|Rome's Anglican pastor: Papal visit an exciting, but normal, step
Rome, Italy, February 25 (CNA/EWTN News) .- Pope Francis will tomorrow become the first Roman Pontiff to set foot in an Anglican parish in Rome, marking a symbolic act the church’s pastor said is hugely significant, yet surprisingly normal for two communities that are close to one another.
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ROME, ITALY, February 25 (CNA/EWTN News) .- Pope Francis will tomorrow become the first Roman Pontiff to set foot in an Anglican parish in Rome, marking a symbolic act the church’s pastor said is hugely significant, yet surprisingly normal for two communities that are close to one another.
“Personally, as a parish priest of 17 years in this place, I can’t imagine a more fulfilling moment in my ministry,” Jonathan Boardman, pastor of All Saints Anglican Church in Rome, told CNA.
“It’s the most exciting thing that’s ever happened, except it isn’t,” he said, explaining that it’s a very “natural and normal thing” for a group of Christians to welcome the leader of their brethren to their house.
For Pope Francis to become the first Roman Pontiff to step inside an Anglican parish in Rome, then, is “the most exciting thing, and it’s the most normal thing,” he said, saying it’s a gesture “that explains a truth about our Christian living.”
Both the Catholic Church and the Anglican Communion, he said, have to find “the excitement of the Gospel and the fulfillment of it” in everything they do, “from the most rare thing to the most ordinary thing,” such as giving to the poor and offering prayers together.
Pope Francis' visit coincides with the 200th anniversary of the foundation of the Anglican parish community in the heart of the Eternal City, and will consist of a short choral Evensong service, during which the Pope will bless and dedicate an icon of “St. Saviour” commissioned for the occasion.
The symbolic “twinning” of All Saints Anglican Church with the Catholic parish of “Ognissanti” – the only Catholic parish in Rome dedicated to All Saints – will also take place during the liturgy, forming strong ecumenical ties between the two.
Ognissanti is the parish where Bl. Paul VI, on March 7, 1965, celebrated the first Mass in Italian following the liturgical reforms of the Second Vatican Council.
After the singing of Evensong during his visit to All Saints, Pope Francis is expected to deliver a brief homily before taking questions from the congregation.
Established in 1816, All Saints contains the largest Anglican congregation in Italy, and is headed by Boardman and his assistant chaplain, Dana English. Both pastors will be present to welcome the Pope for his visit Sunday, as well as Robert Innes, the Anglican Bishop in Europe, and his suffragan, David Hamid.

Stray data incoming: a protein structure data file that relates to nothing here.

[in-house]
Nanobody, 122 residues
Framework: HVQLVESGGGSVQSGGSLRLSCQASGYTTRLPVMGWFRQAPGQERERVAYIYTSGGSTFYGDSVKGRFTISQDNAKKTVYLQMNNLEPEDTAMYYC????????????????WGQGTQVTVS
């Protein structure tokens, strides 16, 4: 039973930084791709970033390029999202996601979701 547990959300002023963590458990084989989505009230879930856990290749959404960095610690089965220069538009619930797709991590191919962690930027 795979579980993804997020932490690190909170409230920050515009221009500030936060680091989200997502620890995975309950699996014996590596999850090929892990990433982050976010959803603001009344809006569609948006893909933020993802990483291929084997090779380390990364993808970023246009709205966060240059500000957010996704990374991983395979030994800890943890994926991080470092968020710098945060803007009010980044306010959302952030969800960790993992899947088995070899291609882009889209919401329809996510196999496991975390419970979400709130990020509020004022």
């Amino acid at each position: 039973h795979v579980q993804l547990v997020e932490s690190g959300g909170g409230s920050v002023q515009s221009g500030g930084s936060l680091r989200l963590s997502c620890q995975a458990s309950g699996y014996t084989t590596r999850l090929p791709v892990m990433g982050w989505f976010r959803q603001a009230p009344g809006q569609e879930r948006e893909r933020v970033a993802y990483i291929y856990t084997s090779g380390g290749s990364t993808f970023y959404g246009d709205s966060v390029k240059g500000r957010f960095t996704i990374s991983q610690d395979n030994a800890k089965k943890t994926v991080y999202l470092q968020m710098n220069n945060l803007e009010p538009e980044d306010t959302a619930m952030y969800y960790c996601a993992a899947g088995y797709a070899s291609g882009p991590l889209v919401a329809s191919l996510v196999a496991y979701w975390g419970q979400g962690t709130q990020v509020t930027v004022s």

In his comments to CNA, Boardman said that in his opinion, the reason a papal visit to an Anglican parish is possible now rather than in the past is likely due to “the fact that we’ve got Pope Francis.”
Francis “really determinately seeks to exhibit, to show the way in which he’s the Bishop of Rome and how that can be celebrated by other Christians who are present in Rome,” he said, noting that the visit builds on 50 years of dialogue between Catholics and Anglicans.
This positive dialogue the Catholic Church and the Anglican Communion have enjoyed shows that Anglicans “are serious in giving honor to the Pope, in recognizing him as the leader of Christendom in some way, although obviously not in the juridical way,” Boardman said, explaining that this point “still keeps us separated.”
But from both the Catholic and Anglican sides, “I think both the Pope’s ability to recognize and accept and celebrate that (dialogue) with us, and our willingness to receive him and celebrate that (dialogue), are the two factors that have led us to where we are today.”
Pointing to Benedict XVI’s establishment of the Anglican Ordinariate in 2009 as a means of helping Anglicans who wish to become Catholic while maintaining certain elements of their liturgy and customs, Boardman called the move “a real generosity and attempt to meet some of the deficiencies, as they were conceived, of what kept us apart.”
While some on the Anglican side initially viewed the act as “hostile and invasive,” the pastor said for him that wasn’t the case, and that in his own personal view, the time has come “to settle down” and appreciate the gesture as “an act of generosity”.